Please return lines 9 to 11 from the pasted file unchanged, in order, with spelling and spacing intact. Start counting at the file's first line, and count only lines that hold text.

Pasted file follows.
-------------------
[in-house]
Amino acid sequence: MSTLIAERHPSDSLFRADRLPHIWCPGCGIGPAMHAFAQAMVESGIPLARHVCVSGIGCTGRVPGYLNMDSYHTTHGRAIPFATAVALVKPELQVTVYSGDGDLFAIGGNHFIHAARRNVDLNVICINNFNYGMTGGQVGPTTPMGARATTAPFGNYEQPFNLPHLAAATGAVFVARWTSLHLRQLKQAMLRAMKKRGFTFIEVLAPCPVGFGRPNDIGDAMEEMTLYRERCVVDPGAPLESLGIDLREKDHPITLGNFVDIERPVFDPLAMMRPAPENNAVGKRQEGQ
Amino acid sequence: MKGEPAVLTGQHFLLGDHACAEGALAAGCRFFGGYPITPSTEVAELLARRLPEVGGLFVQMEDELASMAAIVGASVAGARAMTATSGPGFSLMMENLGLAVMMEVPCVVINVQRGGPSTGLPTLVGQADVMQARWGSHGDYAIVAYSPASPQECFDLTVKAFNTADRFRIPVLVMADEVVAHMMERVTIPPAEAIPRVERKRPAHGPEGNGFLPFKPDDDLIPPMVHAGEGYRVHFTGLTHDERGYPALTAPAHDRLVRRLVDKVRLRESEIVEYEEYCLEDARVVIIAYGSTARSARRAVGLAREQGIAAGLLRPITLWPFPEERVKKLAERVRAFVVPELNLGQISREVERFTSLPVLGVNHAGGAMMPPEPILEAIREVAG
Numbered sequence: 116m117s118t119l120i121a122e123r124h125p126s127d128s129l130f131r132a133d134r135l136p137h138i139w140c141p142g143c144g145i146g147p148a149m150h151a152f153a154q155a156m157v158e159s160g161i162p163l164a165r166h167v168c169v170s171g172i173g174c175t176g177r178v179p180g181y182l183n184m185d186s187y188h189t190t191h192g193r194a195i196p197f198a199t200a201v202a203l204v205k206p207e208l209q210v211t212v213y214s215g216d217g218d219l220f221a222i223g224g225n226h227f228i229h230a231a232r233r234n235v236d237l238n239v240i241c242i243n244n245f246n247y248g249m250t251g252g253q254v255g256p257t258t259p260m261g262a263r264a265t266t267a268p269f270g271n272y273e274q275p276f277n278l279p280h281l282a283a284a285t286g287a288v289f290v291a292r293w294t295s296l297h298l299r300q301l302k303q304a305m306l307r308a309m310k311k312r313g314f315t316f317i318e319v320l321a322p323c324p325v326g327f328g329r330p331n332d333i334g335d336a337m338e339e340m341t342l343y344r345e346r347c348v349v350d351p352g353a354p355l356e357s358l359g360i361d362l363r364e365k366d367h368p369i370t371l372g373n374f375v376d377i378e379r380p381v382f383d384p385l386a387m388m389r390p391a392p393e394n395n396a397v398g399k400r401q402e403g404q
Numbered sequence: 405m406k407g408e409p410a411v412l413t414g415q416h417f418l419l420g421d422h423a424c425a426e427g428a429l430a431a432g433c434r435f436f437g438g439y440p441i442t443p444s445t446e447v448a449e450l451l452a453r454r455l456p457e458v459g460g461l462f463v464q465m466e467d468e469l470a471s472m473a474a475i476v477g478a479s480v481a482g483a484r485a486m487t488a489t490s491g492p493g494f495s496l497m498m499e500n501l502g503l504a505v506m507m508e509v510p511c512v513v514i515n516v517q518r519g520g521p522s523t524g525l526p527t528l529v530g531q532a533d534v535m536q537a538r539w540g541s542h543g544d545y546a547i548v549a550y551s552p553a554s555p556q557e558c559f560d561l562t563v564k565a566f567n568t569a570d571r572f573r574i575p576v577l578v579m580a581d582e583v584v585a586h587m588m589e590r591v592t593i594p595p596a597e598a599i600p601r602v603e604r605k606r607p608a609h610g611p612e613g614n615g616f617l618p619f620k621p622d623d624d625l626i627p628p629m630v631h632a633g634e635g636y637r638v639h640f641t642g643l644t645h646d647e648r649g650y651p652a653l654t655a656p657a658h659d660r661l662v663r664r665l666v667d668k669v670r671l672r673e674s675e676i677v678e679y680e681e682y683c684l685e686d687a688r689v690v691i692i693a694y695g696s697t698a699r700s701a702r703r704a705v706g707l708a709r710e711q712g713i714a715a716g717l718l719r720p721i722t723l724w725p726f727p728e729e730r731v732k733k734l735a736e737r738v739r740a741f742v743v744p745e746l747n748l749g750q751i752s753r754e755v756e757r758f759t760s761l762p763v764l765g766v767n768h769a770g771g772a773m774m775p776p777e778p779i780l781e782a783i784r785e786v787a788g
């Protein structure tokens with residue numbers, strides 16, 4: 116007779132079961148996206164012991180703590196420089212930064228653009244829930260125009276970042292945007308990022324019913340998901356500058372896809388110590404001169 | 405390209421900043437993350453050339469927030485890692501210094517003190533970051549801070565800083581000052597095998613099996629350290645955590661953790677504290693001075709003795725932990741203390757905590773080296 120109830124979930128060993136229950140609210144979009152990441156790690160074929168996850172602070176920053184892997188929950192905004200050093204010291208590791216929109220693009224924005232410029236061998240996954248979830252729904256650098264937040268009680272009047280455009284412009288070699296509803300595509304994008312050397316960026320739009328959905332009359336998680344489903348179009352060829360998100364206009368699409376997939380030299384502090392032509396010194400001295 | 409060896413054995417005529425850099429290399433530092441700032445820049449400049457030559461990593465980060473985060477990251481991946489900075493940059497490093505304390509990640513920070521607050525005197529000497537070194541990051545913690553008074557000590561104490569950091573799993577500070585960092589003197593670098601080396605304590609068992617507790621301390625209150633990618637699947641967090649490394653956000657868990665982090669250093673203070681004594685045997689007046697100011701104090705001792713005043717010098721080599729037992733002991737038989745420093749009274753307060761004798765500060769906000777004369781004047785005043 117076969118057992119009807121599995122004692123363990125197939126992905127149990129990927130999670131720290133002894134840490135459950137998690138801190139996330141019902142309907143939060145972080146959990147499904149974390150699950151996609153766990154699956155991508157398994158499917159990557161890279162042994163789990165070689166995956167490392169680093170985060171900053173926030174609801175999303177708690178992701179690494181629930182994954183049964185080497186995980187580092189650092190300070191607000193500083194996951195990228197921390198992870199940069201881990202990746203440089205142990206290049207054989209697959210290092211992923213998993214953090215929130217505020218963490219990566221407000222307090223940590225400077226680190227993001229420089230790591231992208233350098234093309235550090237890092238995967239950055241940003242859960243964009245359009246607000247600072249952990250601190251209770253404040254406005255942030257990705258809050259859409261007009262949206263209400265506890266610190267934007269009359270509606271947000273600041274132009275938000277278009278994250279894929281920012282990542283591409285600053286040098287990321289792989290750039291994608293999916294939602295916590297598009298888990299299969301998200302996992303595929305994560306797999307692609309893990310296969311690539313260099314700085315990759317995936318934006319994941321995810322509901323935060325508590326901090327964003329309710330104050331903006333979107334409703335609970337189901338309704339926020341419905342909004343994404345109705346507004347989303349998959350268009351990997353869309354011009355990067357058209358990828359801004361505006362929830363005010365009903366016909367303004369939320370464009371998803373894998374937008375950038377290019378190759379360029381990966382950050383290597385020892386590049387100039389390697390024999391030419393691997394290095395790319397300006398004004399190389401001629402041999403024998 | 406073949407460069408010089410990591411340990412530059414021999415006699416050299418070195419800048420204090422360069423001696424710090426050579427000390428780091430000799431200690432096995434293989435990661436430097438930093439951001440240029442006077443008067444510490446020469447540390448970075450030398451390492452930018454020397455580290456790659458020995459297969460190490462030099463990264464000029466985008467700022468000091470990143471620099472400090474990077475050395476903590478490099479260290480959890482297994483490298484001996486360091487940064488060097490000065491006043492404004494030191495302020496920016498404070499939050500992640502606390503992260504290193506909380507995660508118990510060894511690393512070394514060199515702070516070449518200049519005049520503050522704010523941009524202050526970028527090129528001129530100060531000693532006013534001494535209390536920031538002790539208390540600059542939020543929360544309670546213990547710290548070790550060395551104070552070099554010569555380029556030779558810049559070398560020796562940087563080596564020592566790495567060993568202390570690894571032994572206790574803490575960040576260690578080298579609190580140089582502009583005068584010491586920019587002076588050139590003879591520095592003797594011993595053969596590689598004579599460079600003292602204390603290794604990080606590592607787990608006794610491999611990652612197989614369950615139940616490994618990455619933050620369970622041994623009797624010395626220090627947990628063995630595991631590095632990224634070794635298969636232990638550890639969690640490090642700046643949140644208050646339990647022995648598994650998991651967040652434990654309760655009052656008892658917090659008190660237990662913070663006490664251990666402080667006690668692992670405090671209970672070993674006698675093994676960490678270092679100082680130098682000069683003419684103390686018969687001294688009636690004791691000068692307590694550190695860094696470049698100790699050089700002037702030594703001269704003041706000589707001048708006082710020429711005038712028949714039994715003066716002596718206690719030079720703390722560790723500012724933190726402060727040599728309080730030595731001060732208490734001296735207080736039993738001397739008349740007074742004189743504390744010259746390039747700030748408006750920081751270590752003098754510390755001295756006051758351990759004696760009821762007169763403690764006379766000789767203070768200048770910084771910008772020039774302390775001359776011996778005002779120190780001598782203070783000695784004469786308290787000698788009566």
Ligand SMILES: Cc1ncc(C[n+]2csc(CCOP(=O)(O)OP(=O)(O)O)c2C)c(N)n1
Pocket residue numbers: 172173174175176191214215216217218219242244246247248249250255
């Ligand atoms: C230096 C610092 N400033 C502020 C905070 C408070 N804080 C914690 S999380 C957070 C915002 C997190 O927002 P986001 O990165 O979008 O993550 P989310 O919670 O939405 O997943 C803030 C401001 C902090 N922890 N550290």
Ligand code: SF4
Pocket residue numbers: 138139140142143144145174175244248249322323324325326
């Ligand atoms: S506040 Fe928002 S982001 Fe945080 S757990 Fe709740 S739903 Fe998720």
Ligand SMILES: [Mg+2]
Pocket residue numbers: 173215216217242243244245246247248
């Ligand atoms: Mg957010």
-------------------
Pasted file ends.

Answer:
């Ligand atoms: C230096 C610092 N400033 C502020 C905070 C408070 N804080 C914690 S999380 C957070 C915002 C997190 O927002 P986001 O990165 O979008 O993550 P989310 O919670 O939405 O997943 C803030 C401001 C902090 N922890 N550290």
Ligand code: SF4
Pocket residue numbers: 138139140142143144145174175244248249322323324325326